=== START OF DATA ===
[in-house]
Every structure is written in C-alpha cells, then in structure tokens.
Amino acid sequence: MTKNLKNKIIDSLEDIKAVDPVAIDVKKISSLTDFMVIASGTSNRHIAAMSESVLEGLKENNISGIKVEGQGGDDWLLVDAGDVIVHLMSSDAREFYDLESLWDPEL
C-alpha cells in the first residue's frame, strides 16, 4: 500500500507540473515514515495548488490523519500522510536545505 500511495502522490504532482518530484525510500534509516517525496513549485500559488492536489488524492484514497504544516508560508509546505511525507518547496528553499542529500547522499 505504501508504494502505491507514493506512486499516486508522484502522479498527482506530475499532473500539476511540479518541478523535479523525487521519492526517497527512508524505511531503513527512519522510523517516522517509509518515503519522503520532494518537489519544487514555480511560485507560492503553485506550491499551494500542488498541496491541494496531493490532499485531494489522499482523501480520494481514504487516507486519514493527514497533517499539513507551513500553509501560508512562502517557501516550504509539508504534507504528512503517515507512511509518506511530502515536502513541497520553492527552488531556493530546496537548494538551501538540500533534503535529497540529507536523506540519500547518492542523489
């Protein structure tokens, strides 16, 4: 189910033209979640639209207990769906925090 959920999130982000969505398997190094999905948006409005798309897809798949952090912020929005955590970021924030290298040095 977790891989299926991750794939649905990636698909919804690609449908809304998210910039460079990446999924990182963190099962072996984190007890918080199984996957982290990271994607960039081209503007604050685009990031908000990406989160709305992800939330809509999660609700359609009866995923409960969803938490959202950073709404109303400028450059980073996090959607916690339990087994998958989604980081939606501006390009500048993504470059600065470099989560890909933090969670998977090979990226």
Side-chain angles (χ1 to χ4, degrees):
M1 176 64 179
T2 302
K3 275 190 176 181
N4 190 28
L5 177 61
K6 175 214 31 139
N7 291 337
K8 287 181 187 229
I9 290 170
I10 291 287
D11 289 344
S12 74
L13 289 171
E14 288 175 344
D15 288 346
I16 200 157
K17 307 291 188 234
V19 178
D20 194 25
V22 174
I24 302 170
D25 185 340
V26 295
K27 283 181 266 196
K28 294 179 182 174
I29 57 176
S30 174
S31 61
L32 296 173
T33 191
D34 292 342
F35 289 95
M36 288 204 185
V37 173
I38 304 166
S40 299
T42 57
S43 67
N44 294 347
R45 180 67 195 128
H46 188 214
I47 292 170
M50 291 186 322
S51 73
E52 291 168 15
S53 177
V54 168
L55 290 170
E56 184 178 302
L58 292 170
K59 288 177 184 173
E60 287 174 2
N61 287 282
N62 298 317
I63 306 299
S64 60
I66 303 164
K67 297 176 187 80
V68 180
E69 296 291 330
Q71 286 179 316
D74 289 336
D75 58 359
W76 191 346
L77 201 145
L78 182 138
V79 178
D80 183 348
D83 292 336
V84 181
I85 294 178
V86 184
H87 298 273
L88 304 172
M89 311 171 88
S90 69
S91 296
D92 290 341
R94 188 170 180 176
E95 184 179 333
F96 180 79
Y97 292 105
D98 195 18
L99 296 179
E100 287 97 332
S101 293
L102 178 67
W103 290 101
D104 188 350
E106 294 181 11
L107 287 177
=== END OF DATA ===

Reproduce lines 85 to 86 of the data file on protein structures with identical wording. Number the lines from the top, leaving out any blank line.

R94 188 170 180 176
E95 184 179 333